Archaeologists search NC site for clues of Black history
RALEIGH (AP) — North Carolina Freedom Park, a celebration of the African American experience, will be built on the block between two seats of statewide power: the Executive Mansion and the Legislative Building in downtown Raleigh.
That’s the future of the land. The past has not entirely been revealed yet.
Answers could tell more of North Carolina’s history not just from records of the landowning white men, but the enslaved African Americans who labored and lived there, and the Native Americans who may have predated all of them on the site.
“It gives me chills,” said state Sen. Natalie Murdock, a Durham Democrat who has been campaign coordinator for Freedom Park since before she ran for office.
Archaeologists with the state are using ground-penetrating radar to discover what lies beneath a gravel parking lot on the site before construction begins.
Their work could change the final version of Freedom Park, to tell visitors about the history of the enslaved people who lived there.
Murdock said Freedom Park’s leaders are “excited to learn about this rich history before we got too far along in the project, so it’s early on enough that we can modify our design so that we can accurately lift up whatever it is we find out about this space.”
The long-planned project includes public and private funding and was designed by the late architect Phil Freelon, whose firm, Perkins and Will, also designed the National Museum of African American History and Culture in Washington.
Angela Thorpe is director of the North Carolina African American Heritage Commission, which will be the park’s steward once it is completed. That could be within the next 12 to 18 months.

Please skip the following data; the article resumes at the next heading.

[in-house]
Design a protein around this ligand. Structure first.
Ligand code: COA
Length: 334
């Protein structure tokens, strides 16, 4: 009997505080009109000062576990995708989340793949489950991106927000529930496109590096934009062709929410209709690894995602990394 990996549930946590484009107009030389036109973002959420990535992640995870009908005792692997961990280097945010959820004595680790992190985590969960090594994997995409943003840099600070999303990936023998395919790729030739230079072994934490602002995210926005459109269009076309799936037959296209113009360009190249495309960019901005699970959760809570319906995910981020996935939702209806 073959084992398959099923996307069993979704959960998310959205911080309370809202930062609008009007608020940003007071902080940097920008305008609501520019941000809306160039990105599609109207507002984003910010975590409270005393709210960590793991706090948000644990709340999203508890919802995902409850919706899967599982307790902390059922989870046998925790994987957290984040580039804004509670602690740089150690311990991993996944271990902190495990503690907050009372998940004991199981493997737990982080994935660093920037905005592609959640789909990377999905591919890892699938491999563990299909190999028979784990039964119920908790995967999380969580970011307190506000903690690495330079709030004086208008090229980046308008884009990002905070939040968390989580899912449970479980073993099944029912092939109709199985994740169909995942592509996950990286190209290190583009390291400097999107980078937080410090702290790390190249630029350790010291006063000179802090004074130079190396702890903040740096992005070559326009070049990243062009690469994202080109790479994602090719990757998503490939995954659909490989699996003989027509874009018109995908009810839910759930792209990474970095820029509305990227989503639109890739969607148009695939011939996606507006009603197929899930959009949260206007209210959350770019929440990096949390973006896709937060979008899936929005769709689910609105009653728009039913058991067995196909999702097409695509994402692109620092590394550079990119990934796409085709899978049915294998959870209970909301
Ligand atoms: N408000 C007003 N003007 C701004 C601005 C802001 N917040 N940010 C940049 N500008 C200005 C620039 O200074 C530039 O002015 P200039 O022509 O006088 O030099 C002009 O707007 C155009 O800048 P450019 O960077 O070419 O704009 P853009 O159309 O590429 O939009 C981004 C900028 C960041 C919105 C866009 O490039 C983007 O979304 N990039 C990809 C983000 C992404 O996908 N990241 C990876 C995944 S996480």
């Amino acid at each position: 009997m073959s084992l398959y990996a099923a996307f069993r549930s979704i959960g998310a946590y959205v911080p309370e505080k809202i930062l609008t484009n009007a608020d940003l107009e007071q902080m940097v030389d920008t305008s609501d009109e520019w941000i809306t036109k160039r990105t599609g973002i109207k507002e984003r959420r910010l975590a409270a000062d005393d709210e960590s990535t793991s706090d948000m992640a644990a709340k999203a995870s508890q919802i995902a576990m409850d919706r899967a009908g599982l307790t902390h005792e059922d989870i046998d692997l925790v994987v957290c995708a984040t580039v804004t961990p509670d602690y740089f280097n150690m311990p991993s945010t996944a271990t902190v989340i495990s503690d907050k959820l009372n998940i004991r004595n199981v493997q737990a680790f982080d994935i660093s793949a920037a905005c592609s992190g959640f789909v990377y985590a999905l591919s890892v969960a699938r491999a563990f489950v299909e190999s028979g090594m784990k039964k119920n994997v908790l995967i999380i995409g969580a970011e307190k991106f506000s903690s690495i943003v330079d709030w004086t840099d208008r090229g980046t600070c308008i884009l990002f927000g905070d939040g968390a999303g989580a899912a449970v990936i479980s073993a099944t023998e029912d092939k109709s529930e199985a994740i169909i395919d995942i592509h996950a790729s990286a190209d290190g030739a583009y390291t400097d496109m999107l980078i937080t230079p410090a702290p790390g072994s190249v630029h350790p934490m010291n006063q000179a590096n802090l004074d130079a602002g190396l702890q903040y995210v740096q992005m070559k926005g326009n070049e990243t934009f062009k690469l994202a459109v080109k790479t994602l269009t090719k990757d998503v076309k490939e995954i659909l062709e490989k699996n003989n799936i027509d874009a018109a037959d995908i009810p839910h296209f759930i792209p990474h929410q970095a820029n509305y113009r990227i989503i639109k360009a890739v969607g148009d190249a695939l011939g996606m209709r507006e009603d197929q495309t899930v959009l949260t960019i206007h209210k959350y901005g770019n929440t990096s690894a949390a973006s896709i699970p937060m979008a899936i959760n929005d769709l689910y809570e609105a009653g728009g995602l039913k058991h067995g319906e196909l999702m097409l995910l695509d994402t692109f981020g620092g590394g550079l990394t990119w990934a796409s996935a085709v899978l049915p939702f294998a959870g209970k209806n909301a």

“African American history, our ancestors, their lives, their stories are always around us,” she said. Thorpe said discoveries on the Freedom Park site “reinforces that Black history is literally everywhere.”
Underground radar at Raleigh site
On a dreary Wednesday morning, work was underway on the Freedom Park Archaeology Project, led by the North Carolina Office of State Archaeology.
The state bought the land in the 1960s and developed about half of it, with the rest a surface parking lot, concrete gazebo structure, grassy area, trees and a memorial to crime victims.
“African American history, our ancestors, their lives, their stories are always around us.”— Angela Thorpe, North Carolina African American Heritage Commission
Initial project research found that the 4-acre city block was bought by Scottish immigrant and lawyer Gavin Hogg from Robert A. Jones of Halifax County for $400 in 1831. In 1850, a house was built for Thomas Devereux Hogg, a businessman who married Janet Bryan of Raleigh in 1848. The house and property took up the entire block that now also includes the State Archives and Records Center buildings and is bordered by Jones, Blount, Wilmington and Lane streets. An aerial illustrated map from 1872 shows a large house surrounded by several trees and smaller buildings. It predates the Executive Mansion, the governor’s residence.
Project research also found that according to the slave schedule of the 1850 census, Hogg owned 18 enslaved people in Raleigh. It is not clear if they all lived on that downtown block or elsewhere on land owned by the Hogg family in the city. Two of the enslaved people listed in the census were classified as “mulatto” and may have been of Native American descent. The archaeology and historical research offices are hoping to determine if there was pre-Colonial-era use of the land by American Indians, if there were homes of enslaved people on the land and what happened to enslaved residents after emancipation during the Civil War.